AgrAbility program helps Wathke keep farming

The Country Today– Jim Massey

MADISON — When Larry Wathke of Fall Creek slipped and fell 50 feet in his silo in De­cem­ber of 1993, he didn’t know if he would walk again, let alone be able to con­tinue to op­er­ate his six-gen­er­a­tion dairy farm.

But 22 years later, with the help of the AgrA­bil­ity of Wis­con­sin pro­gram, Wathke is car­ry­ing on his fam­ily’s tra­di­tion on his 320-acre Eau Claire County farm. He is milk­ing about 60 cows in a tie-stall barn and the farm has been retro­fit­ted with as­sis­tive mod­i­fi­ca­tions that have made it pos­si­ble for him to con­tinue in his cho­sen pro­fes­sion.

“What (the AgrA­bil­ity pro­gram) has done for me has made it a lot eas­ier for me to con­tinue to farm,” Wathke said Nov. 4 at the or­ga­ni­za­tion’s ad­vi­sory coun­cil meet­ing in Madi­son. “We’ve been able to keep the fam­ily farm go­ing. They came out to our farm, saw what I needed, and it has worked out well.”

wahtkeAgrA­bil­ity is a grant-funded pro­gram that is a part­ner­ship be­tween Easter Seals Wis­con­sin and UW-Ex­ten­sion. The pro­gram pro­vides ser­vices and adap­tive equip­ment to farm­ers with in­juries, dis­abil­i­ties or other lim­i­ta­tions who want to con­tinue farm­ing and liv­ing in­de­pen­dently.

When Wathke landed at the bot­tom of the silo af­ter his 50-foot fall, he had sig­nif­i­cant in­juries to his feet, an­kles, back and in­ter­nal or­gans. More than nine hours of surgery were re­quired to in­sert more than 40 screws and sev­eral metal plates in his an­kles, legs and feet.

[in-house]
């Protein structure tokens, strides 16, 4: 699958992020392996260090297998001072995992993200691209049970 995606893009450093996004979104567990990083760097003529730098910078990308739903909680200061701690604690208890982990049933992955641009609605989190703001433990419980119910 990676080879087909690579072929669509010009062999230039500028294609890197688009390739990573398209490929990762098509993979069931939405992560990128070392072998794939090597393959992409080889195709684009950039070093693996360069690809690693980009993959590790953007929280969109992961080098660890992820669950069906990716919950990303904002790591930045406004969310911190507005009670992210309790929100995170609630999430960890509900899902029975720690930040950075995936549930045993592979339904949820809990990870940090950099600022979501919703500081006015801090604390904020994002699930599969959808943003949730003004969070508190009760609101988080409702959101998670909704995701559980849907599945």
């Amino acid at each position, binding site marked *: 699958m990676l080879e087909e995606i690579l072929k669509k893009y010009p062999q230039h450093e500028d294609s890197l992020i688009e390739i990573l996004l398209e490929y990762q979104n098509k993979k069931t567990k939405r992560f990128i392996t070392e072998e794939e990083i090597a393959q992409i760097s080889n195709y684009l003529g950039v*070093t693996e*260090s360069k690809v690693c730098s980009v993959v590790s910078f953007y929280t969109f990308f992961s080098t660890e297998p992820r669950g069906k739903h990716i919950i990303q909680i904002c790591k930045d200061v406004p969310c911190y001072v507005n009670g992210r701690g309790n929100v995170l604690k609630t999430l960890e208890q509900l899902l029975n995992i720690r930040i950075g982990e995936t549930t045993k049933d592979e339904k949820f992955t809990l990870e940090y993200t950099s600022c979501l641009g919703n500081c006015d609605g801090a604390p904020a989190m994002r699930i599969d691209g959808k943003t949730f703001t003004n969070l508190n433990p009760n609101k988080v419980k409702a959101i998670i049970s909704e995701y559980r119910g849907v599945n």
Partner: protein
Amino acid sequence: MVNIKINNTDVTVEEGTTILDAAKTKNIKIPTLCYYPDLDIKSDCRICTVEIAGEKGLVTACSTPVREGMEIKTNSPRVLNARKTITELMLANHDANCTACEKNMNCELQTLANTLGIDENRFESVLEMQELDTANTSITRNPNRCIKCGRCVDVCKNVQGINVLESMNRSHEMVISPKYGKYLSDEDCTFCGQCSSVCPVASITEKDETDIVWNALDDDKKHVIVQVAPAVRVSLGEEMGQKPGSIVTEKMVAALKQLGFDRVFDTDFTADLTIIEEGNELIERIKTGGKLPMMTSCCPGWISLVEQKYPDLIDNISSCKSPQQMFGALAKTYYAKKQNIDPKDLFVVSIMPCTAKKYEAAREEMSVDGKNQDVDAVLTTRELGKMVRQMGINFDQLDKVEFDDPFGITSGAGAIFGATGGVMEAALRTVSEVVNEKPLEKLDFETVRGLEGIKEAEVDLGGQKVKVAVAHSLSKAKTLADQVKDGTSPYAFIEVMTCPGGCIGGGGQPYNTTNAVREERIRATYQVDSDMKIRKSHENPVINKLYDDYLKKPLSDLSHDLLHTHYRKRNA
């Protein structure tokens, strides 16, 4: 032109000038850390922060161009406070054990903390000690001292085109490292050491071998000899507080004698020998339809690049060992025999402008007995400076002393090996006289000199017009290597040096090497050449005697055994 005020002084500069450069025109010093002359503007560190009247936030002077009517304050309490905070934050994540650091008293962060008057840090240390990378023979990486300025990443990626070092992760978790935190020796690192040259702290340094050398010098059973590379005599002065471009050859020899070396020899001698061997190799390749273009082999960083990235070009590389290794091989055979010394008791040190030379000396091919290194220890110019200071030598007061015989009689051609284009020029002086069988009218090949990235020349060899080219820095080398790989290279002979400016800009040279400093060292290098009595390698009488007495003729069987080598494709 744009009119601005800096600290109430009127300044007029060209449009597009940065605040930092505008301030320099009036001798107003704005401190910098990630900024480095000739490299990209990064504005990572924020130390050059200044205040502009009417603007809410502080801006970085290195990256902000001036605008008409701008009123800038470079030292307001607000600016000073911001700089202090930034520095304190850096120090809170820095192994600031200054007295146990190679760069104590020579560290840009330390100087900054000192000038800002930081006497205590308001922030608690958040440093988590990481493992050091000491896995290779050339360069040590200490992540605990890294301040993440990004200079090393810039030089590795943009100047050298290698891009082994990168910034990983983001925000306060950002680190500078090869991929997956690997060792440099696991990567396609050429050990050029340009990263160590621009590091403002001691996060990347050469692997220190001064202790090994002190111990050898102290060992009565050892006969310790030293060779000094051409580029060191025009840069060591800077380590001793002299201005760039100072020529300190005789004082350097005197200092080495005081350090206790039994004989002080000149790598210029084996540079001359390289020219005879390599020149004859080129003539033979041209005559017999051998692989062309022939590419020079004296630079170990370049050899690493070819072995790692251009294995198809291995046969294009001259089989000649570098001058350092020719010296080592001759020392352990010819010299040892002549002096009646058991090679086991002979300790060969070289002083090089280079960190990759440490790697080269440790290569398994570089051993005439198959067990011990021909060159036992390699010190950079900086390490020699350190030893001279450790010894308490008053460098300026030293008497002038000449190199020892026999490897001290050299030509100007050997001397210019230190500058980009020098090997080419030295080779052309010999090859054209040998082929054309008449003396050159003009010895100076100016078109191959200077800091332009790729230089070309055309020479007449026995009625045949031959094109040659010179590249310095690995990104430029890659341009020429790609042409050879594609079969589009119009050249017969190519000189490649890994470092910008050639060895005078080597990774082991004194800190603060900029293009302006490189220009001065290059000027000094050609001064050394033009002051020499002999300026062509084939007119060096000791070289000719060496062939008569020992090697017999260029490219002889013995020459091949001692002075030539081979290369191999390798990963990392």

Wathke spent 22 days in the hos­pi­tal and didn’t walk for an­other three months af­ter that. But about five months af­ter the ac­ci­dent, he was back in the barn, milk­ing cows again.

How did he do it?

“Willpower, I guess,” he said. “You’ve got to do what you’ve got to do.”

Wathke got along for more than 10 years with­out AgrA­bil­ity’s help, but he was strug­gling to get his work done. He had trou­ble walk­ing over un­even ter­rain and stand­ing for long pe­ri­ods of time while milk­ing cows.

Jeff Kra­tochwill, an Easter Seals ru­ral re­ha­bil­i­ta­tion spe­cial­ist, worked with Wathke to de­ter­mine what changes needed to be made to al­low him to keep farm­ing.

Among the adap­ta­tions on the farm were a rail sys­tem that moved equip­ment from the barn to the milk­house; a side en­try door in a skid-steer so Wathke didn’t have to climb over the bucket to get in; al­ley mats to pro­vide cush­ions over the con­crete in the barn; and drive-through gates that open and close with­out the need to get on and off of a farm im­ple­ment to get through.

His trac­tors and farm ma­chines were also equipped with quick hitches to al­low him to hook up equip­ment eas­ier and a large-square-bale pro­ces­sor was added to grind up bales to make them eas­ier to feed.

“Th­ese things should help me keep farm­ing for years to come,” Wathke said.

About $50,000 was spent on the var­i­ous im­prove­ments on the farm, Kra­tochwill said.

Wathke’s wife, Sheri, said it has been good to see her hus­band ex­pend less en­ergy when car­ry­ing out his farm work.

“It’s great this pro­gram is out there for the farmer that needs the ex­tra help so they can stay farm­ing,” she said. “He still comes in at night and he’s limp­ing, and he’s not go­ing to to­tally get rid of that. But it’s not as harsh on his body as what it was.”

The farm has been in Wathke’s fam­ily for 154 years, and his son, Mark, and Mark’s son rep­re­sent the sev­enth and eighth gen­er­a­tions on the farm.